OGDEN -- There were days when Jason Covington thought he would never finish his associate degree in nursing from Weber State University.
"Today feels awesome," said Covington, 36 and from Ephriam, standing in cap and gown, waiting for WSU's 139th commencement ceremony to begin after 51/2 years at Weber State. "It's a lot better than I imagined. It's been stressful, but I always remembered what I had made it through already to help me get through the next hard thing.
"Everything you do makes you grow differently," he said, with a tired smile.
Growing to meet new challenges seemed to be a theme at Friday morning's general commencement ceremony. Student graduate speaker Trevor Hicks-Collins made the audience at the Dee Events Center laugh when he revealed he initially avoided college since his career plan was to be a rock star. When that didn't work out, he became a business owner, but then was hit and severely injured by a drunk driver, lost his business, and sunk into a deep depression.
"Then my wife and I started taking classes at Weber State," said Hicks-Collins, 32, a magna cum laude psychology graduate. He became Davis campus vice president and performed more than 300 hours of public service in his time as a student.
"My confidence has been restored," Hicks-Collins said, adding that he now sees new potential for his life.
"Weber State has taught me to push myself beyond my limits, and to make myself grow."
Speaker Mark DeYoung, CEO of ATK, told graduates their ability to adapt and change would allow them to stay relevant in rapidly changing work and life environments. Weber State and its professors had given them the tools, he said.
"What you do with those tools is up to you."
WSU President F. Ann Millner, who plans to step down when a new president is appointed, demonstrated the sacrifices made by the graduates by asking students to stand if they were the first in their family to earn a degree. About half stood, accepting audience applause. Millner asked students, once again seated, how many had a job or graduate studies ahead. The vast majority stood, accepting applause and sitting back down.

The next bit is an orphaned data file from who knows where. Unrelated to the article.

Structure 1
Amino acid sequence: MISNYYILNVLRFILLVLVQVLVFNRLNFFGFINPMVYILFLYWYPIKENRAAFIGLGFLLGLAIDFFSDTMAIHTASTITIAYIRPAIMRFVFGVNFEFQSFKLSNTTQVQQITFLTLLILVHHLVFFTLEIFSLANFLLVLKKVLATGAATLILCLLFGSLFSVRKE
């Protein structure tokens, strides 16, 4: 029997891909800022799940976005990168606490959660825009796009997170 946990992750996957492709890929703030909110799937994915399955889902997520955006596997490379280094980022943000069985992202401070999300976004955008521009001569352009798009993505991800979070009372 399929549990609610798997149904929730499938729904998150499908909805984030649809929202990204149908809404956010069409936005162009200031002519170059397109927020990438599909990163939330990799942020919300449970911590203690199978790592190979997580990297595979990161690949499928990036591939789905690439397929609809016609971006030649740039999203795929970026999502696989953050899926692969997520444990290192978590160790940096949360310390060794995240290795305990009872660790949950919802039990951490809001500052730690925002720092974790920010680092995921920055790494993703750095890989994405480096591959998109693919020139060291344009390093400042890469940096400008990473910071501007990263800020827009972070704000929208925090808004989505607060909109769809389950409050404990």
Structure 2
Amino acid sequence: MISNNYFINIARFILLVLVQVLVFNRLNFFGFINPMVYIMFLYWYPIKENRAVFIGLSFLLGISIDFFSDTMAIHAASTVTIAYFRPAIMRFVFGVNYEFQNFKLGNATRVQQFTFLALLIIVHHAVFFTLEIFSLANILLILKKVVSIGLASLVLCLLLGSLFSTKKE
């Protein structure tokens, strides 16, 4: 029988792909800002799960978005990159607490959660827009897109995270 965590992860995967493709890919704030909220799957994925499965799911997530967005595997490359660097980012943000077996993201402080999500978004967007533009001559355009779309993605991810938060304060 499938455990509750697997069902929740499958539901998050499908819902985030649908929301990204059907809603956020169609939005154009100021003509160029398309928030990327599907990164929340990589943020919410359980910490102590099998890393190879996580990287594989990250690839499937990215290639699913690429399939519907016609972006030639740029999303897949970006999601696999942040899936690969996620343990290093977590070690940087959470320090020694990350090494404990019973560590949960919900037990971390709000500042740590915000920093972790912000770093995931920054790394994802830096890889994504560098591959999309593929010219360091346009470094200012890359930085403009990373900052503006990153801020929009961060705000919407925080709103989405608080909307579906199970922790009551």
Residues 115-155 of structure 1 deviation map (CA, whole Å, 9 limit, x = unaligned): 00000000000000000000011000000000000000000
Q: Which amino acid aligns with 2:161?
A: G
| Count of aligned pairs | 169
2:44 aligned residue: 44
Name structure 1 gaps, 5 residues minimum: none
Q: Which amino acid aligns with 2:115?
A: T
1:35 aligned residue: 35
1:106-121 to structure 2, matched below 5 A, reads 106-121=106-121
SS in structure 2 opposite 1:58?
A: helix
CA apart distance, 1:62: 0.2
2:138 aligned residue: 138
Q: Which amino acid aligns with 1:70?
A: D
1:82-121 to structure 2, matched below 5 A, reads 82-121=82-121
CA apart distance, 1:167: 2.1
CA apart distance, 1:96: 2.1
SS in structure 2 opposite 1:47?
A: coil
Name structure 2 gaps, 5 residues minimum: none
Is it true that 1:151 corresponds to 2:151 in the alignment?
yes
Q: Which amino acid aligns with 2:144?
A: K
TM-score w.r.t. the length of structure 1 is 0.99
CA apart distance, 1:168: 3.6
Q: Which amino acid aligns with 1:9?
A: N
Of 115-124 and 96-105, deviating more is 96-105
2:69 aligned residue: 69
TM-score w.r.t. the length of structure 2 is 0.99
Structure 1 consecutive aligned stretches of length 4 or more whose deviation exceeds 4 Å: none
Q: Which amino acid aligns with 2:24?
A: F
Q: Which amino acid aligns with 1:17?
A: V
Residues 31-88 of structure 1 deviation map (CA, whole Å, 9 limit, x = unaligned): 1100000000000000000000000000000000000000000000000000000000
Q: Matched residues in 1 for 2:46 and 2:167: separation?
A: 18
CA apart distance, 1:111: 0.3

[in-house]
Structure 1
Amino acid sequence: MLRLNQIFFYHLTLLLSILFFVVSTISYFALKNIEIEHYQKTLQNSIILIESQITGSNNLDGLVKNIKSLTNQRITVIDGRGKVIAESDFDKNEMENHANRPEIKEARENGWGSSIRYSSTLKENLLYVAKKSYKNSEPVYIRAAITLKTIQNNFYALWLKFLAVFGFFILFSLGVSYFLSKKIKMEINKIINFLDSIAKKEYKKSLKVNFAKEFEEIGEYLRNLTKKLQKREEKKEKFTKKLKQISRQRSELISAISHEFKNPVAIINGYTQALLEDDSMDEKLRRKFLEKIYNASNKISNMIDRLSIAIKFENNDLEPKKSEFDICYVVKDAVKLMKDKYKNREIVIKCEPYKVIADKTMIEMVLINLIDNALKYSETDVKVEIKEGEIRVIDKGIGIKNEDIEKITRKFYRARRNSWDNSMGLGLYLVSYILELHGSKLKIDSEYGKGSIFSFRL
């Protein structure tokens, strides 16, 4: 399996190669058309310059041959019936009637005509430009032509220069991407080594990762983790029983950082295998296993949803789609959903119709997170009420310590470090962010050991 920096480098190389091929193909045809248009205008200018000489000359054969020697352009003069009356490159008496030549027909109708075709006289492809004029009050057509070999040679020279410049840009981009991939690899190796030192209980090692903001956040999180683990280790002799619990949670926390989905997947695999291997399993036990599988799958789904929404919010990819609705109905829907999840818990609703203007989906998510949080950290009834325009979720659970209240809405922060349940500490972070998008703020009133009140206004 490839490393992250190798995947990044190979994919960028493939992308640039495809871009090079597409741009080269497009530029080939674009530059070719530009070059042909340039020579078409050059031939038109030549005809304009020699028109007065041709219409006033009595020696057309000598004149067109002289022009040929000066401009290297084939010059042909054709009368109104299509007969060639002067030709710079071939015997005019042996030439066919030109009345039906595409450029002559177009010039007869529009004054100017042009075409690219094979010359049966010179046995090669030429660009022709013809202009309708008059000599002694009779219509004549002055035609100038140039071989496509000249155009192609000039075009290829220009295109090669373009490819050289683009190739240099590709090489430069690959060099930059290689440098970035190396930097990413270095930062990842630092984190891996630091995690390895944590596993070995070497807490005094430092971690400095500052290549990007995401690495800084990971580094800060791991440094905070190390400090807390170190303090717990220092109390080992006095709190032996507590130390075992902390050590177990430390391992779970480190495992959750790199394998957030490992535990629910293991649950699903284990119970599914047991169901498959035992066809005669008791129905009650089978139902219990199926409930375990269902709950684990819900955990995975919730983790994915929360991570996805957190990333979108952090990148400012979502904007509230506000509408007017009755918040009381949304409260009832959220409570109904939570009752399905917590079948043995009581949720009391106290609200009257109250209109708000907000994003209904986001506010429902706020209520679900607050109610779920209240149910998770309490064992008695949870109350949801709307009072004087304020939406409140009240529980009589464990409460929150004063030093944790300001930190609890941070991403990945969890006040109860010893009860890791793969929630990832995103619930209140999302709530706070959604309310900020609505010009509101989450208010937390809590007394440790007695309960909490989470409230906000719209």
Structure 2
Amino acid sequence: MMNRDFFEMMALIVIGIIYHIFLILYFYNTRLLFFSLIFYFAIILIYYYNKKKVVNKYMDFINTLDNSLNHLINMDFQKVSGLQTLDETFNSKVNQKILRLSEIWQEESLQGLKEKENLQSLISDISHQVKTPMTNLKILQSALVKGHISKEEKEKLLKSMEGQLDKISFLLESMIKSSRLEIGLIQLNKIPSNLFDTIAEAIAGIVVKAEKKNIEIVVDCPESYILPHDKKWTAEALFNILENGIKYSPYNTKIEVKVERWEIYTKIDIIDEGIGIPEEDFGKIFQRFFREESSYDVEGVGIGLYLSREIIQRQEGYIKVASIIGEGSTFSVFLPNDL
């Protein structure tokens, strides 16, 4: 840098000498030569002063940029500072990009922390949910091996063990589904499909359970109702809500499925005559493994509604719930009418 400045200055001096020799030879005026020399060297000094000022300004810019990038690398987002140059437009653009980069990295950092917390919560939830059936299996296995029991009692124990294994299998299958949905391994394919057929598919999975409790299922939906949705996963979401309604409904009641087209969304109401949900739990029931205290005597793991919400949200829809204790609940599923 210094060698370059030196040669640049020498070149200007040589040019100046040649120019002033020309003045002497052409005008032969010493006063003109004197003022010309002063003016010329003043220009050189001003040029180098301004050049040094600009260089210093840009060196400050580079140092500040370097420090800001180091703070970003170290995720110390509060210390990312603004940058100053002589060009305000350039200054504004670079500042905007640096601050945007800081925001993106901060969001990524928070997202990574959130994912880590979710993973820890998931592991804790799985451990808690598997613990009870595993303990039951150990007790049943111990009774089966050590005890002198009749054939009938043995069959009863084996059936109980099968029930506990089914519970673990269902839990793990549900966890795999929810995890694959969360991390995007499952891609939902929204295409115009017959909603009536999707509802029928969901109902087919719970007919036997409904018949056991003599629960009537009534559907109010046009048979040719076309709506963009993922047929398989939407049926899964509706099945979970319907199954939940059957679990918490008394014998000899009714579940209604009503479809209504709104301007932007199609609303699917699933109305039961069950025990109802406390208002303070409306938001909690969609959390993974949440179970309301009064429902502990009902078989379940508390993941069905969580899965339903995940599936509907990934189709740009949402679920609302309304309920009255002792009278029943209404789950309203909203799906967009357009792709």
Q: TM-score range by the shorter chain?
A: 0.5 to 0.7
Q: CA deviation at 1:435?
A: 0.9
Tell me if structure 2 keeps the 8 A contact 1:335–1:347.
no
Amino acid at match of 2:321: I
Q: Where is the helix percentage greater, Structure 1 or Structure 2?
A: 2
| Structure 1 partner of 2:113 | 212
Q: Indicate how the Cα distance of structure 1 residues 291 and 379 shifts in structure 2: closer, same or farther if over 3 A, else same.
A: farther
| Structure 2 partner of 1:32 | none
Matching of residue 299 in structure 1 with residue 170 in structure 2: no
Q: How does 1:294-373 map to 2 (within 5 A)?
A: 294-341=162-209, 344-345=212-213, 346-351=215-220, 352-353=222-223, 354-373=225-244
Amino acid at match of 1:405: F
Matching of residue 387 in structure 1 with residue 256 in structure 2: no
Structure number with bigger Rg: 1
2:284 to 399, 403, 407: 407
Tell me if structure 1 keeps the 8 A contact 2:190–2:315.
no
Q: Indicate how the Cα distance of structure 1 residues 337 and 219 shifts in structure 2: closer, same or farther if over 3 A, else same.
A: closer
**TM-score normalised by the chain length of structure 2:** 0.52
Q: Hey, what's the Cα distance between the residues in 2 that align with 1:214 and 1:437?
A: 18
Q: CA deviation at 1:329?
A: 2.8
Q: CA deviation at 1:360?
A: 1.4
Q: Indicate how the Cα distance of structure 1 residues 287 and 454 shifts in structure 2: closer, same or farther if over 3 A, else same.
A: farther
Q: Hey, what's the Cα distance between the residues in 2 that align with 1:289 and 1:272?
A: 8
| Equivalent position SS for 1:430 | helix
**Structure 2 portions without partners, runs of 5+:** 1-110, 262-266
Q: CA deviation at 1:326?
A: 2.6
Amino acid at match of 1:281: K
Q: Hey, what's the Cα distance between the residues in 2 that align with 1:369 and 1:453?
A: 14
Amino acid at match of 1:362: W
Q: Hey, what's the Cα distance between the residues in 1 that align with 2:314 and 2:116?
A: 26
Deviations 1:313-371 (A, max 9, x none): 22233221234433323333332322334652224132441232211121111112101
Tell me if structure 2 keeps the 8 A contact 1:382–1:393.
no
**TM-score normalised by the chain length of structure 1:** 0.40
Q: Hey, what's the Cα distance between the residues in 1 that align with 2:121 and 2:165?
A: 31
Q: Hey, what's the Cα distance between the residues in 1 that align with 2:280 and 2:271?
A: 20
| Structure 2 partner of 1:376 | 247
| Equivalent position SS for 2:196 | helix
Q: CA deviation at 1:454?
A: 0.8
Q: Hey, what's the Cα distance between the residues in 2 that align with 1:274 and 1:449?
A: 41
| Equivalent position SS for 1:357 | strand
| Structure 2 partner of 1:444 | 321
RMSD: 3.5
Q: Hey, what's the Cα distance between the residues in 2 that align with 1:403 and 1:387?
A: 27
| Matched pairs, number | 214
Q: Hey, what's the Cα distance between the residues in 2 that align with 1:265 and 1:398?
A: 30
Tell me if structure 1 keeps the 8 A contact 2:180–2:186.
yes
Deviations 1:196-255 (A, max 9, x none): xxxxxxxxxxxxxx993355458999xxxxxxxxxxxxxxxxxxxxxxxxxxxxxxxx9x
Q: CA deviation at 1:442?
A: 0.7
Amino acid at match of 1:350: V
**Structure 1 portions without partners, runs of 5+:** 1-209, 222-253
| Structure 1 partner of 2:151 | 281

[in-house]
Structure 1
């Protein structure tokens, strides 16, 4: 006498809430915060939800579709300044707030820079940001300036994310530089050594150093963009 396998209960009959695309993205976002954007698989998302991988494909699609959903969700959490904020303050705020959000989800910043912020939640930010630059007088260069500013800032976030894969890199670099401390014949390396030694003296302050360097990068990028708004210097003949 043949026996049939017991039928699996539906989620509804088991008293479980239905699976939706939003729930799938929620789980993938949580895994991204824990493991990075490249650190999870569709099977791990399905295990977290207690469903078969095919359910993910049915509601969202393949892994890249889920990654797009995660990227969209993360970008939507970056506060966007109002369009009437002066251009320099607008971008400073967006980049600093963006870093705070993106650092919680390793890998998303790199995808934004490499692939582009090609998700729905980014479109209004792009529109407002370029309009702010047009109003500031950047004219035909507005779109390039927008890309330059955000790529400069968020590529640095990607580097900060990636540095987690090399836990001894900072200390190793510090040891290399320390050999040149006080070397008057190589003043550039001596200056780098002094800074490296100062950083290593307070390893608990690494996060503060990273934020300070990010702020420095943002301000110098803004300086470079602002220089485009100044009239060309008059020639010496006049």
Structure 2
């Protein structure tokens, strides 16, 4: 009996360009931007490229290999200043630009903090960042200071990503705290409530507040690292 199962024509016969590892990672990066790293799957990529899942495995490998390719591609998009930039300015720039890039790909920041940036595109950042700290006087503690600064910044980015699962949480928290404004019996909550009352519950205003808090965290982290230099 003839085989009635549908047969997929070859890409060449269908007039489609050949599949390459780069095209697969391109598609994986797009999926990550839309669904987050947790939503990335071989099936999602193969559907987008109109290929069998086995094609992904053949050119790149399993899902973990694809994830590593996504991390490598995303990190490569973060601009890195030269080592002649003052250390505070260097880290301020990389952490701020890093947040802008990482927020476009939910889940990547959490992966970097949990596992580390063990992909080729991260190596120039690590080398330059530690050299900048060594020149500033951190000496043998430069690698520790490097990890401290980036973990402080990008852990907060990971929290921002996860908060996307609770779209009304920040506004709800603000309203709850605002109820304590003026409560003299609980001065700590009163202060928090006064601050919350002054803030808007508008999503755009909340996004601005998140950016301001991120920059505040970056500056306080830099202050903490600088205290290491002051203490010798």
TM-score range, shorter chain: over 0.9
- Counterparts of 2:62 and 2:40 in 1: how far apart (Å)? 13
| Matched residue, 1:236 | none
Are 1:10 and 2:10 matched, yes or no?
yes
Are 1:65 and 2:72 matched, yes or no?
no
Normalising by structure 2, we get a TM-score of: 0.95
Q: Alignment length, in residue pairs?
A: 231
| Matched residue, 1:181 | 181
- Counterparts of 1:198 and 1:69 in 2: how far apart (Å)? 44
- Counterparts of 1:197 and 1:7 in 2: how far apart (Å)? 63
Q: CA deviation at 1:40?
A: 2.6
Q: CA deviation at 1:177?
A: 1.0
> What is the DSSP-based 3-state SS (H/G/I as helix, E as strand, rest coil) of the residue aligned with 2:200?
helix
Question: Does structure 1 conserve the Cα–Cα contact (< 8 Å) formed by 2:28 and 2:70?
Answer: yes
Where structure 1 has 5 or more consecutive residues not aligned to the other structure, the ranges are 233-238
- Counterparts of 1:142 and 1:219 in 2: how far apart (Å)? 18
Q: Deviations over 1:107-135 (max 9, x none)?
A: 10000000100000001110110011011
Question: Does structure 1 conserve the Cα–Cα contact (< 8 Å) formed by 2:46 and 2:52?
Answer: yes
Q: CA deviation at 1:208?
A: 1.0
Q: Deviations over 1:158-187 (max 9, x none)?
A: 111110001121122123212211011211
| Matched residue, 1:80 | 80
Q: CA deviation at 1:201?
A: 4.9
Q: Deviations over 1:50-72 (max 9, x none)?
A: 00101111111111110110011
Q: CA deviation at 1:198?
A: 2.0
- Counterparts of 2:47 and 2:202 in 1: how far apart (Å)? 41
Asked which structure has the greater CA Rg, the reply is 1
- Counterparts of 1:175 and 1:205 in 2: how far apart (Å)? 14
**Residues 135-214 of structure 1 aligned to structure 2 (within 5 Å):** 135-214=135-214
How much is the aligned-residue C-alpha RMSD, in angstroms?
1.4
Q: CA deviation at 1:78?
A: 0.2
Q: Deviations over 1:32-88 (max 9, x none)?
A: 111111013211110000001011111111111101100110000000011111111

Millner asked how many students had held a job while working toward their degrees. That cleared the seats, and drew cheers.
Board of Trustees President Alan E. Hall surprised Millner by giving her an award for transforming her community, then asked the audience to stand and thank her for her decade of service as president and her many years of service to Weber State before taking the top job.
"This was not on the program," Millner said, smiling but flustered by the applause and trying to get the audience back in its seats. "This is a day we focus on our students."
Millner declared the spring 2012 graduating class of more than 2,570 students "... prepared to succeed in your life, your community and your careers."
Honorary degrees went to DeYoung, businessmen and WSU supporters Paul Favero and Harris H. Simmons, and Gordon T. Allred, WSU emeritus professor of English.
Faculty members Diane M. Kawamura and John Mukum Mbaku were named Presidential Distinguished Professors for their contributions to radiological science and economics, respectively.
Proud family members and friends cheered as the gowned graduates were invited to move their tassels from right to left, signifying their graduation.
And Millner, one last time, reminded a graduating class to "Never forget you bleed purple."
"It feels like a really good accomplishment," said Kelli Frank, 29 and from South Jordan, of her new master's degree in English. "It was a lot of work, but it was worth it." Frank said she plans to continue teaching at Bountiful High School.
Peter Rolf, 22 and from Glendale, will use his history degree to teach at Salt Lake City's West High School.
"Words can't explain how I feel," he said. "It's surreal. I've had a great time at Weber State, and I made it through all those classes I didn't feel like I needed, and it was worth it. This is an enduring accomplishment."
Weber State plans to post the commencement ceremony on its YouTube channel, www.youtube.com/weberstateu, by April 27.